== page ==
I won the pot, which was nice, but from his previous play, I realized that he was good enough to use this against me in the future. He would check the turn with a good hand, expecting me to bet with nothing, hoping that he would fold again, and he would check-raise.
Hand No. 2: A couple of orbits later, everyone folded to Bjorn again. He raised from the small blind, and I called, this time with the Q♣ 5♣. We saw a flop of 9♥ 8♥ 7♣, which gave me little outside of an idiot-end gutshot and a backdoor-flush draw. Bjorn bet. I considered my options, realizing that this was a dangerous board, one on which I might be expected to have and bet draws. Therefore, Bjorn could perhaps call my action somewhat light in response to that possibility. Couple this with the fact that he could be expected to try to trap me later in the hand, and it seemed easiest just to fold my nothing hand. In any event, I could console myself with the thought that I was up one small bet in the two heads-up hands.
Hand No. 3: In spite of the fact that this was not a very tight table, Bjorn and I had a third opportunity to play the blinds. Not surprisingly, he raised. I called again, this time with the 10♠ 9♠. I was happy to see the flop come 10♥ 8♦ 3♣, but I had to decide how to proceed. I could raise his inevitable flop bet, wait to raise the turn, or hope to keep Bjorn betting by calling all the way. He already had checked and folded once, so, clearly, he would not bet nothing all the way, so I decided to raise the turn with my top pair, the same play that I would have made with my draw in Hand No. 1.
Bjorn bet, and I called. The turn was the 2♠, and he checked. OK, was he giving up again, or was this the trap? Given that my hand was so good, I had to bet it. Sure enough, he slowly and deliberately counted out 12 chips and raised. Now what? I gave some thought to reraising, but he was deliberately trapping me, and easily could have a better 10, or even an overpair. Just because he raised all the time, it did not mean that he couldn’t be dealt a hand. He also could have 9-9, A-8, or 7-7 and think that it was good, and that he had tricked me into betting with a weak hand. I called the raise.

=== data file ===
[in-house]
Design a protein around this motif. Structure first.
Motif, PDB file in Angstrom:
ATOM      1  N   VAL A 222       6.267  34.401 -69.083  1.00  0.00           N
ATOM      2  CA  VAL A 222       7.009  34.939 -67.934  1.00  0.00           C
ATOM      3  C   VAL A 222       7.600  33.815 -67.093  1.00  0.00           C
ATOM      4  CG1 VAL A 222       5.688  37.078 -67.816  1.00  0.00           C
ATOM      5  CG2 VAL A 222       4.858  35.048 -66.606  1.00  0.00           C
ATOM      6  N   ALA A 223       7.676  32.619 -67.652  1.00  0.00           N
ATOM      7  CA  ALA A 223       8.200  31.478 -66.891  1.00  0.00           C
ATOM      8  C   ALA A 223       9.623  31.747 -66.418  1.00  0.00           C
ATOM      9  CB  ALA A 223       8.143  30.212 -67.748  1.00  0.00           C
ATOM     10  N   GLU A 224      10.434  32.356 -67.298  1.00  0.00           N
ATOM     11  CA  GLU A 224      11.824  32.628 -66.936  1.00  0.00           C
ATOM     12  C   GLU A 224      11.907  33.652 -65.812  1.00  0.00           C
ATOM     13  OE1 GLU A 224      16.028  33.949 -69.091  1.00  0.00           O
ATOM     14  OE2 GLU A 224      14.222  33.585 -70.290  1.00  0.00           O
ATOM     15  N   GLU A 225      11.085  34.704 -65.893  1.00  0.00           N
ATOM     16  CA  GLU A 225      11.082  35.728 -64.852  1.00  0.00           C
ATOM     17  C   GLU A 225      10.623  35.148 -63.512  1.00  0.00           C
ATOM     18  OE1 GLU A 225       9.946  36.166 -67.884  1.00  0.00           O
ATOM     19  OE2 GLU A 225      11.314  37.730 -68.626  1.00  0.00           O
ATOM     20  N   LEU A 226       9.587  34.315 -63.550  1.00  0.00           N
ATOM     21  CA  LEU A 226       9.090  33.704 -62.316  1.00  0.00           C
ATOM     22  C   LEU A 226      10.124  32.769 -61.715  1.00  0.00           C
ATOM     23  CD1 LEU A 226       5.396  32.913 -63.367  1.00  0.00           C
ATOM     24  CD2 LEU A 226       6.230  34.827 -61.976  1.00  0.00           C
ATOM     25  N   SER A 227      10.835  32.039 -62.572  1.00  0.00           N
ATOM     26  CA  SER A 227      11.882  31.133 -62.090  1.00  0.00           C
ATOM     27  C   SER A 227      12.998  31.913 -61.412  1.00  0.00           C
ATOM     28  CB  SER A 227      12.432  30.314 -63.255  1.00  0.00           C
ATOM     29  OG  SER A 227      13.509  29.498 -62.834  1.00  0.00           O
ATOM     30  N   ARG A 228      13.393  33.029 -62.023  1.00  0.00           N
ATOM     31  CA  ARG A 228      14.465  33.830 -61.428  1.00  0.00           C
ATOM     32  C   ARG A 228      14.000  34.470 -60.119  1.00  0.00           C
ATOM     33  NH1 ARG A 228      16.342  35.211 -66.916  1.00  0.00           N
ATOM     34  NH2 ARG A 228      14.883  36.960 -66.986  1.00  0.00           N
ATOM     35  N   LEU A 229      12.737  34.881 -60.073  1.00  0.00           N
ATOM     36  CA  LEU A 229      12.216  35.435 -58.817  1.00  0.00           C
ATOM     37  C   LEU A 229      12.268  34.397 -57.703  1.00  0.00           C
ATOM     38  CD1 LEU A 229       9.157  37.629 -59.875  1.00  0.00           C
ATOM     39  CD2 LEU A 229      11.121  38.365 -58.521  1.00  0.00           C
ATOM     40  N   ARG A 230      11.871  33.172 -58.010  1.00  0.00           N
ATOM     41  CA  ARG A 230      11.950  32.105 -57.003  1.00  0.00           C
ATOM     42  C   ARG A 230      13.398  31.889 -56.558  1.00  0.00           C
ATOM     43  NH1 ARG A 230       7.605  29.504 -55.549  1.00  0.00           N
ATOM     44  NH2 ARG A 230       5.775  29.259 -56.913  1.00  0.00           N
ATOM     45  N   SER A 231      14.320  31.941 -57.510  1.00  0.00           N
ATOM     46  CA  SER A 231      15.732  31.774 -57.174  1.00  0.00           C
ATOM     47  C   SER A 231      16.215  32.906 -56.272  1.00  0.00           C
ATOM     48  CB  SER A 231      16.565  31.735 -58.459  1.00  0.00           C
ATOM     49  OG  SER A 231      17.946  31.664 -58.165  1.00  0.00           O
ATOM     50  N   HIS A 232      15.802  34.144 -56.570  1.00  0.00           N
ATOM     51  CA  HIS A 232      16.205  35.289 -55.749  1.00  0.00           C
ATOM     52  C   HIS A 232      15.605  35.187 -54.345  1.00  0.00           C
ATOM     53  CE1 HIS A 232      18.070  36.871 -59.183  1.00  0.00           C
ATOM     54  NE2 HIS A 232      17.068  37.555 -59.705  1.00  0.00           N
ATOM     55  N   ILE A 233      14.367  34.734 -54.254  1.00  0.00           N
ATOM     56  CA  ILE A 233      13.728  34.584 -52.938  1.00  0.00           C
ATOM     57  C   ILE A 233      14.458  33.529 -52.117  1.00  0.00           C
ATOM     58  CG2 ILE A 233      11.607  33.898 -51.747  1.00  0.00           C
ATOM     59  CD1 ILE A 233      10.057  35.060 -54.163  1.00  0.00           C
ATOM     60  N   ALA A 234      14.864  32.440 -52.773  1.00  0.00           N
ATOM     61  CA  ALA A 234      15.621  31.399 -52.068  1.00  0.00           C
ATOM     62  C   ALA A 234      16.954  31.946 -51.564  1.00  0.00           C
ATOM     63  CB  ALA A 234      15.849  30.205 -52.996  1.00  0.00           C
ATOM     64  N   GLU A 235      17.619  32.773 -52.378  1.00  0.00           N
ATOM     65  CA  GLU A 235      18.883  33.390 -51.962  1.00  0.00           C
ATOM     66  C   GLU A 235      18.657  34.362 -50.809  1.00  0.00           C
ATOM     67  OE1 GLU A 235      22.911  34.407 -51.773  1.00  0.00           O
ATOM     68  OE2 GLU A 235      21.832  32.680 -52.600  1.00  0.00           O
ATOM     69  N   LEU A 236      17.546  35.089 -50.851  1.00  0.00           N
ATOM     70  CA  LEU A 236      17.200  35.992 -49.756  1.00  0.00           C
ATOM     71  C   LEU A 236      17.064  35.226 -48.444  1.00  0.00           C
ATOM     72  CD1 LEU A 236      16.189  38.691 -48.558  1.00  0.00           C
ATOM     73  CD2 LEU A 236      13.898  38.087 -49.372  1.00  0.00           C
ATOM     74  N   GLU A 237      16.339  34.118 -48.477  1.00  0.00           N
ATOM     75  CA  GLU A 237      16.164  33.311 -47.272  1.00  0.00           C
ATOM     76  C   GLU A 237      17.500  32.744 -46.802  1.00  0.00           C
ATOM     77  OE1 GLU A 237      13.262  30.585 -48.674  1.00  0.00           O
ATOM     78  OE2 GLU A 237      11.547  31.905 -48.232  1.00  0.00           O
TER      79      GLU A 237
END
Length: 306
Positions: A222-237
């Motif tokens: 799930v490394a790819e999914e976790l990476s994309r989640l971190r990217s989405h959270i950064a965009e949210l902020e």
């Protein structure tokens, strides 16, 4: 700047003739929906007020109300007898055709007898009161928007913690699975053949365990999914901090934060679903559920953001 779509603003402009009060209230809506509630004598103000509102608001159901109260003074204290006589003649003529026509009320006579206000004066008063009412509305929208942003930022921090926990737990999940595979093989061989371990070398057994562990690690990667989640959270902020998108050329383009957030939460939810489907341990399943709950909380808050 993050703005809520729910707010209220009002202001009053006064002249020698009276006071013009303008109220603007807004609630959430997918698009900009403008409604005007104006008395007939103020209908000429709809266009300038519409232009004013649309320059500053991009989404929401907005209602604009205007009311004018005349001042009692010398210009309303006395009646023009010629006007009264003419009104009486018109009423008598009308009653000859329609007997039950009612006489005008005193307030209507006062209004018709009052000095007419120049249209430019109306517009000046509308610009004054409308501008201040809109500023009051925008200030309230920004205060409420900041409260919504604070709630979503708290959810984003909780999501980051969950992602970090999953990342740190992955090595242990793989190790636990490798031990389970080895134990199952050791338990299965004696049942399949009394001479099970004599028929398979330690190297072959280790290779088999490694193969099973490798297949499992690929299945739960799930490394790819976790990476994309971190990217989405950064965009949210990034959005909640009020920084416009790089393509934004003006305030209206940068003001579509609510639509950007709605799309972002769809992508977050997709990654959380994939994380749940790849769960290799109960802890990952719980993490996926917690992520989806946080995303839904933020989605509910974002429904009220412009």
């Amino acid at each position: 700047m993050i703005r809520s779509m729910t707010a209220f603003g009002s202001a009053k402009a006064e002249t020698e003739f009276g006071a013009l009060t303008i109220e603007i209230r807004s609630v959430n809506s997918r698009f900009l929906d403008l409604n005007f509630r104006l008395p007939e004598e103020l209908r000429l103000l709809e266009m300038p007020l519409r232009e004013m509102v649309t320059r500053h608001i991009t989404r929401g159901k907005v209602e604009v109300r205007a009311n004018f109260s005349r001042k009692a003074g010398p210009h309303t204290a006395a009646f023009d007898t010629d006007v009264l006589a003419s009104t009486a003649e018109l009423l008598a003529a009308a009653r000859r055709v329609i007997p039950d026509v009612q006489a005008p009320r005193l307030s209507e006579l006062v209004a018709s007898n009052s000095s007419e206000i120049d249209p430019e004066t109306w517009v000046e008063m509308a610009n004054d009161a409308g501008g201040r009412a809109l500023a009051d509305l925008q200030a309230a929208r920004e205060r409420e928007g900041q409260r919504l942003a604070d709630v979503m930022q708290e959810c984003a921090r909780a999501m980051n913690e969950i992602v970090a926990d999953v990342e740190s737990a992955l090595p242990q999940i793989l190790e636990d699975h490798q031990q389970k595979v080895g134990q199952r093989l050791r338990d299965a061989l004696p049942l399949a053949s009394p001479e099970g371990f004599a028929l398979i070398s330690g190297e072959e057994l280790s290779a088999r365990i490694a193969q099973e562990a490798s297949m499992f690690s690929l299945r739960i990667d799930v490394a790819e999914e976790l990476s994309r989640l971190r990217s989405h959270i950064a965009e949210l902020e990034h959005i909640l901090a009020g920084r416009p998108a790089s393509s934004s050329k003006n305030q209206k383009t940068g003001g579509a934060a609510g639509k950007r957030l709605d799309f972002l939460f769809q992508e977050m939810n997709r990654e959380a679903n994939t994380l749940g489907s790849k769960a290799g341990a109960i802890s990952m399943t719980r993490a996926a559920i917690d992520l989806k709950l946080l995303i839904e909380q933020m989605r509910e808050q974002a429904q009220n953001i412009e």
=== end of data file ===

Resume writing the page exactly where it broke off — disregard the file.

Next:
The river paired the 8. Bjorn bet. I called. He proudly tabled the 10♣ 6♣, which seemed to constitute a raising hand these days. I was happy to accept the pot with my 9 kicker.
Conclusion: Bjorn was somewhat unlucky to run into a better hand when he flopped top pair heads up. On the other hand, I expected the trap, and would not have walked into it unarmed. But Bjorn may not have realized that I was aware enough to understand this.
But is raising from out of position in a nothing pot with 10-6 suited and other such hands really necessary? I think in the long run that players would do better to dial back their aggression a few notches in these blind-vs.-blind situations and be willing to call or even fold many of the hands with which they are now raising and driving.
But until things change, players in the big blind who do not chop must be prepared to deal with highly aggressive small blinds who charge ahead with any two cards, hoping to run over them. ♠

Barry Tanenbaum is the author of Advanced Limit Hold’em Strategy, and collaborator on Limit Hold’em: Winning Short-Handed Strategies. Barry offers private lessons tailored to the individual student. Please see his website,, or write to him at